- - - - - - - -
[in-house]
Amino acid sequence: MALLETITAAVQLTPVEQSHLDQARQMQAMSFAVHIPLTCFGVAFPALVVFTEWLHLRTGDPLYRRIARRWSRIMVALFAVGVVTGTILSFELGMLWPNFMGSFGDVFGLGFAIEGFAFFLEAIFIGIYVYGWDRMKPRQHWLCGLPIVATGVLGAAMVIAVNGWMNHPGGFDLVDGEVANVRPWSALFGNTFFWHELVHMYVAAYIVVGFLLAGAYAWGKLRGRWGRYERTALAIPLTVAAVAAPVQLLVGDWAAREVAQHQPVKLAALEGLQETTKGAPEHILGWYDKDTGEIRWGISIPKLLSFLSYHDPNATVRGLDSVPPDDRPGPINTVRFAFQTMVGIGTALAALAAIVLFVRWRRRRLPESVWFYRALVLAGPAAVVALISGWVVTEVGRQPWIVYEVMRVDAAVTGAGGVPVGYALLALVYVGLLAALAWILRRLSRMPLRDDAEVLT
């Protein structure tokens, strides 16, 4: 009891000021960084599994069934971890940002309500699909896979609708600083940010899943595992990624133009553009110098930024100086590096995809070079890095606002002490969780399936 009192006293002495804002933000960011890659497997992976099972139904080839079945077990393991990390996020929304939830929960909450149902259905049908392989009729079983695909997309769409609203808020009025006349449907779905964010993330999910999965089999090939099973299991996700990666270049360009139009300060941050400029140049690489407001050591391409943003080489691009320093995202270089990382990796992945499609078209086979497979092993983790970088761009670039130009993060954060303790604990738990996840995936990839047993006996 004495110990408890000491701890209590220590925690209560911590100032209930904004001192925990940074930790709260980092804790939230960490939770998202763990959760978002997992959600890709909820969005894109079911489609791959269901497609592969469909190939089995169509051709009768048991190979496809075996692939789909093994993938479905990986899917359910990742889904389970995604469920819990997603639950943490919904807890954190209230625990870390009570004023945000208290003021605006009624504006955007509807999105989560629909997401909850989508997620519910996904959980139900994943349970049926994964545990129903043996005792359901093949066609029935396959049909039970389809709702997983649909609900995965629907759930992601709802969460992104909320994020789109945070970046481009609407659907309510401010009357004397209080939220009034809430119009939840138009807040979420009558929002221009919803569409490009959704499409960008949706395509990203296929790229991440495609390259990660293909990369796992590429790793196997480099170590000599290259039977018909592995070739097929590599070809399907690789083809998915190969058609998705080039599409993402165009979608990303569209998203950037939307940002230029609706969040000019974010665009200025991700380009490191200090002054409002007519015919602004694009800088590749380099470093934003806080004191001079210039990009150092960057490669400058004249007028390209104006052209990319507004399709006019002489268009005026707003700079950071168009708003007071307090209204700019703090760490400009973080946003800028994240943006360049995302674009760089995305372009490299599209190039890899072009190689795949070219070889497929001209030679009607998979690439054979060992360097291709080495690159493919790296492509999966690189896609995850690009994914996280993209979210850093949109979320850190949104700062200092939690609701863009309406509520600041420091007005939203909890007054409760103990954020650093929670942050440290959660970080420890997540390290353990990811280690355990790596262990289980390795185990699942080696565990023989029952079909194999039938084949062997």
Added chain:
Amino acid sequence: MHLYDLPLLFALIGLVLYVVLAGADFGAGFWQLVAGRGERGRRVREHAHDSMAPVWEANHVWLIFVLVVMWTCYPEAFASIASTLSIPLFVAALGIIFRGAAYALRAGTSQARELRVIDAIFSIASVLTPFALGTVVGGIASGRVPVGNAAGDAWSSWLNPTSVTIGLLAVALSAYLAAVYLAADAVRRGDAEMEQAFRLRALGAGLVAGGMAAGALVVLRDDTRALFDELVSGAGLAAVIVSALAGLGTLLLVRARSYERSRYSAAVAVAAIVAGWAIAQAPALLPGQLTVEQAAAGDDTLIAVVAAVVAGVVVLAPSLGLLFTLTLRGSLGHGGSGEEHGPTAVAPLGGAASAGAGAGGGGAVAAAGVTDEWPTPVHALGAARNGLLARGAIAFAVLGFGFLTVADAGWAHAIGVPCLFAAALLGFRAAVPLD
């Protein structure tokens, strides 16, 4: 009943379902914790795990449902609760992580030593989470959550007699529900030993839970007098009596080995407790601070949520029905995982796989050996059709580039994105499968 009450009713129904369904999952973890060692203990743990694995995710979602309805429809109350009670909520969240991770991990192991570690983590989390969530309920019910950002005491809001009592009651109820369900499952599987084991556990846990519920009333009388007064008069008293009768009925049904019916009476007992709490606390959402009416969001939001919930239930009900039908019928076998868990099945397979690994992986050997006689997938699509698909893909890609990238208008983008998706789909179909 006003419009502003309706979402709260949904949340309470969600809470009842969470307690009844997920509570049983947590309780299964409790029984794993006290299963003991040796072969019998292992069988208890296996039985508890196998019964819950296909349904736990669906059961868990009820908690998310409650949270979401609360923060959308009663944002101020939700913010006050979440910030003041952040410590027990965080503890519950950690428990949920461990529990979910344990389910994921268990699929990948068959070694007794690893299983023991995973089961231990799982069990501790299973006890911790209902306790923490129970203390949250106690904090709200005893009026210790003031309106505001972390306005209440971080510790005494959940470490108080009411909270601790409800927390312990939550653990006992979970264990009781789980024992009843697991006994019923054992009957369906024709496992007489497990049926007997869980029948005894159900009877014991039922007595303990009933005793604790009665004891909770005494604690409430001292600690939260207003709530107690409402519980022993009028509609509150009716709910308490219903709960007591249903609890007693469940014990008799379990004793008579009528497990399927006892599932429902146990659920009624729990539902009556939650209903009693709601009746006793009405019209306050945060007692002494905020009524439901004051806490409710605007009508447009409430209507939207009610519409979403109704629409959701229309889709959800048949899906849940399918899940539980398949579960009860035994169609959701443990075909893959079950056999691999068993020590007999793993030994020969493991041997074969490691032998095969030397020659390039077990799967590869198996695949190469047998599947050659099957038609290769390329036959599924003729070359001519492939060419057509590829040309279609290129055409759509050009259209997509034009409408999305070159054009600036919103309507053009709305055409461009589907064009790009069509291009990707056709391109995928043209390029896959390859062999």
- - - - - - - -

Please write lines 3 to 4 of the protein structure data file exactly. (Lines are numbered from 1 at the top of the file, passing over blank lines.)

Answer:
């Protein structure tokens, strides 16, 4: 009891000021960084599994069934971890940002309500699909896979609708600083940010899943595992990624133009553009110098930024100086590096995809070079890095606002002490969780399936 009192006293002495804002933000960011890659497997992976099972139904080839079945077990393991990390996020929304939830929960909450149902259905049908392989009729079983695909997309769409609203808020009025006349449907779905964010993330999910999965089999090939099973299991996700990666270049360009139009300060941050400029140049690489407001050591391409943003080489691009320093995202270089990382990796992945499609078209086979497979092993983790970088761009670039130009993060954060303790604990738990996840995936990839047993006996 004495110990408890000491701890209590220590925690209560911590100032209930904004001192925990940074930790709260980092804790939230960490939770998202763990959760978002997992959600890709909820969005894109079911489609791959269901497609592969469909190939089995169509051709009768048991190979496809075996692939789909093994993938479905990986899917359910990742889904389970995604469920819990997603639950943490919904807890954190209230625990870390009570004023945000208290003021605006009624504006955007509807999105989560629909997401909850989508997620519910996904959980139900994943349970049926994964545990129903043996005792359901093949066609029935396959049909039970389809709702997983649909609900995965629907759930992601709802969460992104909320994020789109945070970046481009609407659907309510401010009357004397209080939220009034809430119009939840138009807040979420009558929002221009919803569409490009959704499409960008949706395509990203296929790229991440495609390259990660293909990369796992590429790793196997480099170590000599290259039977018909592995070739097929590599070809399907690789083809998915190969058609998705080039599409993402165009979608990303569209998203950037939307940002230029609706969040000019974010665009200025991700380009490191200090002054409002007519015919602004694009800088590749380099470093934003806080004191001079210039990009150092960057490669400058004249007028390209104006052209990319507004399709006019002489268009005026707003700079950071168009708003007071307090209204700019703090760490400009973080946003800028994240943006360049995302674009760089995305372009490299599209190039890899072009190689795949070219070889497929001209030679009607998979690439054979060992360097291709080495690159493919790296492509999966690189896609995850690009994914996280993209979210850093949109979320850190949104700062200092939690609701863009309406509520600041420091007005939203909890007054409760103990954020650093929670942050440290959660970080420890997540390290353990990811280690355990790596262990289980390795185990699942080696565990023989029952079909194999039938084949062997």
Added chain: